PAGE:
A revelation two weeks later reversed the order of elders and bishops and signalled a trend towards bishops becoming the primary judicial officers in the church: “And unto the bishop of the church, and unto such as God shall appoint and ordain to watch over the church, and to be elders unto the church, are to have it given unto them to discern all those gifts, lest there shall be any among you professing and yet be not of God” (BC XLIX:23, 8 Mar. 1831).

The priority of bishop in the judicial system was confirmed by a revelation in August 1831: “And whoso standeth in this mission [bishop], is appointed to be a judge in Israel, like as it was in ancient days, to divide the lands of the heritage of God unto his children; and to judge his people by the testimony of the just” (BC LIX:21, 1 Aug. 1831).

The shift away from a Book of Mormon model, in which elders served as judges, was concurrent with the addition of the first offices deriving from a biblical, rather than Book of Mormon precedent. The judicial role of bishop represented a curious chimera of Old Testament and New Testament interpretation, for the office of bishop is confined to the New Testament, while the role of “judge in Israel” comes from the Old Testament.

Another passage in this revelation emphasized the principle underlying most proceedings during Smith’s ministry, namely that the attitude of the sinner was more important than the nature of the sin. Referring to an unspecified sin of Ziba Peterson, the revelation stated: “Let that which has been bestowed upon Ziba, be taken from him: And let him stand as a member in the church, and labor with his own hands, with the brethren, until he is sufficiently chastened for all his sins, for he confesseth them not, and he thinketh to hide them” (BC LIX:74-75). In other words, it was Peterson’s intractability, not the sin itself, which brought condemnation. Three days later, in a special conference, Peterson finally confessed, “which was satisfactory to the Church as approved by unanimous vote.”6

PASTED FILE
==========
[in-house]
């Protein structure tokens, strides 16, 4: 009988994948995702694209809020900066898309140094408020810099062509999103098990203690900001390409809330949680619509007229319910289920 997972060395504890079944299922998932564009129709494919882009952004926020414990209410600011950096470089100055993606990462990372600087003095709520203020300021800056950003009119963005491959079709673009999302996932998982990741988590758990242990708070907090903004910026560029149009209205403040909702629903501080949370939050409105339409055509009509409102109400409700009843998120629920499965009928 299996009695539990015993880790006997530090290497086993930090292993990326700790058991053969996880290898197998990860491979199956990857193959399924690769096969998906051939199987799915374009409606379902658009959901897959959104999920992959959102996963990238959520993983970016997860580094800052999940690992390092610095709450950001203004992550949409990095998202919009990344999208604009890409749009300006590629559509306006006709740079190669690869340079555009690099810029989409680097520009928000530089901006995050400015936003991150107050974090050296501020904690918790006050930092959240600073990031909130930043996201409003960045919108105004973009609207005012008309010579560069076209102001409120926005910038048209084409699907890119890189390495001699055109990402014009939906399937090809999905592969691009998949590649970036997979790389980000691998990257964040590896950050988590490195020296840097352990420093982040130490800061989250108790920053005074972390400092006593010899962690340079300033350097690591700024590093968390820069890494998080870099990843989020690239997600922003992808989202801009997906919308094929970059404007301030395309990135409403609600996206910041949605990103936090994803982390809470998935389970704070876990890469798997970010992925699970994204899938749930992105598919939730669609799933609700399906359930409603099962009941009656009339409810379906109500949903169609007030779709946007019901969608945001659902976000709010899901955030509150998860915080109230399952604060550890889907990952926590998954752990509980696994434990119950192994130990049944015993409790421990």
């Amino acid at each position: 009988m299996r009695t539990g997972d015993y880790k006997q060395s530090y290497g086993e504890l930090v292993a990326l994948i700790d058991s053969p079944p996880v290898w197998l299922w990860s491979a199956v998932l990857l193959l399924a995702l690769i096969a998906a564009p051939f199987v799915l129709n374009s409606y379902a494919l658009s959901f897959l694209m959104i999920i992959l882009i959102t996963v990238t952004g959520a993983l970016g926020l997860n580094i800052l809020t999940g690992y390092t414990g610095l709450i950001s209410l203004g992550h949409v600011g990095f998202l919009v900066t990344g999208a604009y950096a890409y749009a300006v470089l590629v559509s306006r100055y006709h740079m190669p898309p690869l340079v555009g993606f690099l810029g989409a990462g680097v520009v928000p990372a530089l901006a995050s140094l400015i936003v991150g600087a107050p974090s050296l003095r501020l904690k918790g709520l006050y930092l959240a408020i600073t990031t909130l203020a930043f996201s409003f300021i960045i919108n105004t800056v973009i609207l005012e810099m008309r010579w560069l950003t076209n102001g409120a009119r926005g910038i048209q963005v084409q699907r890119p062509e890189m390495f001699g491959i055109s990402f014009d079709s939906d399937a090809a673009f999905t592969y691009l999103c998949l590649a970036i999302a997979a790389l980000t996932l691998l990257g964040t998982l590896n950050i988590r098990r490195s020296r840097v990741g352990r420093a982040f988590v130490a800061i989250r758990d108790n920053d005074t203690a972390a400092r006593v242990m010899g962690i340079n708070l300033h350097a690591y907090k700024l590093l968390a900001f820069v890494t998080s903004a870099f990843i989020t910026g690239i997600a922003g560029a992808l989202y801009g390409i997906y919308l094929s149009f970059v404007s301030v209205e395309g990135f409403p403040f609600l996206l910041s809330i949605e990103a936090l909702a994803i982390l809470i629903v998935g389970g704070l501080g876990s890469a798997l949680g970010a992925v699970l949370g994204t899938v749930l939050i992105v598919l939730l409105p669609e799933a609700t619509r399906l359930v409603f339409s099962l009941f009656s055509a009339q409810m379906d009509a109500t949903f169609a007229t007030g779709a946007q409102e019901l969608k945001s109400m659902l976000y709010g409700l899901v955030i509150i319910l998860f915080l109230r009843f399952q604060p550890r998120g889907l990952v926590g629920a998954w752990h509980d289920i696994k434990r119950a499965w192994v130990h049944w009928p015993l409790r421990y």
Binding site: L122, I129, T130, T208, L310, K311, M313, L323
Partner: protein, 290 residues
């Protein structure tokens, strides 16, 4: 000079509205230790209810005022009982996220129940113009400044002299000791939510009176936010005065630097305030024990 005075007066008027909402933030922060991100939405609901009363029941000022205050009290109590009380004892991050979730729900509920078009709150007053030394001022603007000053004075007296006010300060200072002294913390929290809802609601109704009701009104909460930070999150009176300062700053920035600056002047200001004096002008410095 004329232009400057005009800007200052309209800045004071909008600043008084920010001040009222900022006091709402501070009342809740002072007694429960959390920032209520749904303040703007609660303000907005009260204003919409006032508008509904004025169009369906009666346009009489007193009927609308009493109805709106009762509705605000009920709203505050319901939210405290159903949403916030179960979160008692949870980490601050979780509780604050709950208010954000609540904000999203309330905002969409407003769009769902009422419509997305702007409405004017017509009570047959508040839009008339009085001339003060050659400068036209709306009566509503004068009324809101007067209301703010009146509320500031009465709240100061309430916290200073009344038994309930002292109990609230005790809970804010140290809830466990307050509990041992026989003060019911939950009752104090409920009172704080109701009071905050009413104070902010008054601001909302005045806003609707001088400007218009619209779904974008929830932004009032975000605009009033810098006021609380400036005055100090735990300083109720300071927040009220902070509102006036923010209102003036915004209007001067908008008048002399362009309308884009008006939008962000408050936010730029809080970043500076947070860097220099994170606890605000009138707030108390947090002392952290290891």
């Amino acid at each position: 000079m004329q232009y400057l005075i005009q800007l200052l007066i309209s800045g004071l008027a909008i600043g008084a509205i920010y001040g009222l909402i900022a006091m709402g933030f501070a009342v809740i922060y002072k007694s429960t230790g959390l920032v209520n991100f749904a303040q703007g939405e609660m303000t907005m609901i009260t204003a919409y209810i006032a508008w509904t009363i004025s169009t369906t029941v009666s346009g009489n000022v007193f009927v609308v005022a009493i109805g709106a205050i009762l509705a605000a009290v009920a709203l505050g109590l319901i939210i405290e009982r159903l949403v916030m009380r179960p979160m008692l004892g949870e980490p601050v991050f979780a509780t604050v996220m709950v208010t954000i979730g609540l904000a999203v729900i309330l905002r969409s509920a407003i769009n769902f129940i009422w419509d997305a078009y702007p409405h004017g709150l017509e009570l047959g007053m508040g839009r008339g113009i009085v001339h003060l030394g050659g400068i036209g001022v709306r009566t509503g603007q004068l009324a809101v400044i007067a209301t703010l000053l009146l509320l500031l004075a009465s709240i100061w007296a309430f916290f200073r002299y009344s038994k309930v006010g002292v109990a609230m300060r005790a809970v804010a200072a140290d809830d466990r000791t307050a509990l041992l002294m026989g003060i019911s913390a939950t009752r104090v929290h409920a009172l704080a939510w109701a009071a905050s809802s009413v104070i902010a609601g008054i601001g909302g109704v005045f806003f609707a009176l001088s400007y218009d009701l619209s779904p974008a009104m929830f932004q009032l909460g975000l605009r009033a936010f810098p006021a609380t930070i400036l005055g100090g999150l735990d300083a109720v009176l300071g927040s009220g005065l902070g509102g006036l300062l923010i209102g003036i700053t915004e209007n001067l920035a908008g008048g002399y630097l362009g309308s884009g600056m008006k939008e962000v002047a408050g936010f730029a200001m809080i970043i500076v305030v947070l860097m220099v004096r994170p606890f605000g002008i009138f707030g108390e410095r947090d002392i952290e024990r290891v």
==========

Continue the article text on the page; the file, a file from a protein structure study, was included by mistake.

[p.196]Although all church members were subject to discipline, leaders gradually gained a favored status. For example, charges were brought against Smith in October 1831, alleging mismanagement of a church farm. After a conference of elders decided that he be reproved for “the unwise course” he had taken,7 a revelation the following month, “regulating the Presidency of the Church,” changed the rules: “Inasmuch as the President of the high priesthood [i.e., Joseph Smith] shall transgress he shall be had in remembrance before the common court of the church who shall be assisted by twelve councellors of the high priesthood.”8

Another revelation, given simultaneously, provided similar insulation to the office of bishop: “No bishop or judge, which shall be set apart for this ministry, shall be tried or condemned for any crime, save it be before a conference of high priests; and in as much as he is found guilty before a conference of high priests, by testimony that cannot be impeached, he shall be condemned or forgiven, according to the laws of the church.”9

The introduction of the office of high priest in the autumn of 1831, and the revelation specifying a council of “high priests even twelve,” set the stage for the most important judiciary of the church: the high council. Although the first high council was not formally organized until 1834, the number and nature of its constituents and its jurisdiction were determined by the 1831 revelation. Bishops were to judge simple cases, but complex issues and appeals were to go to the council of twelve high priests: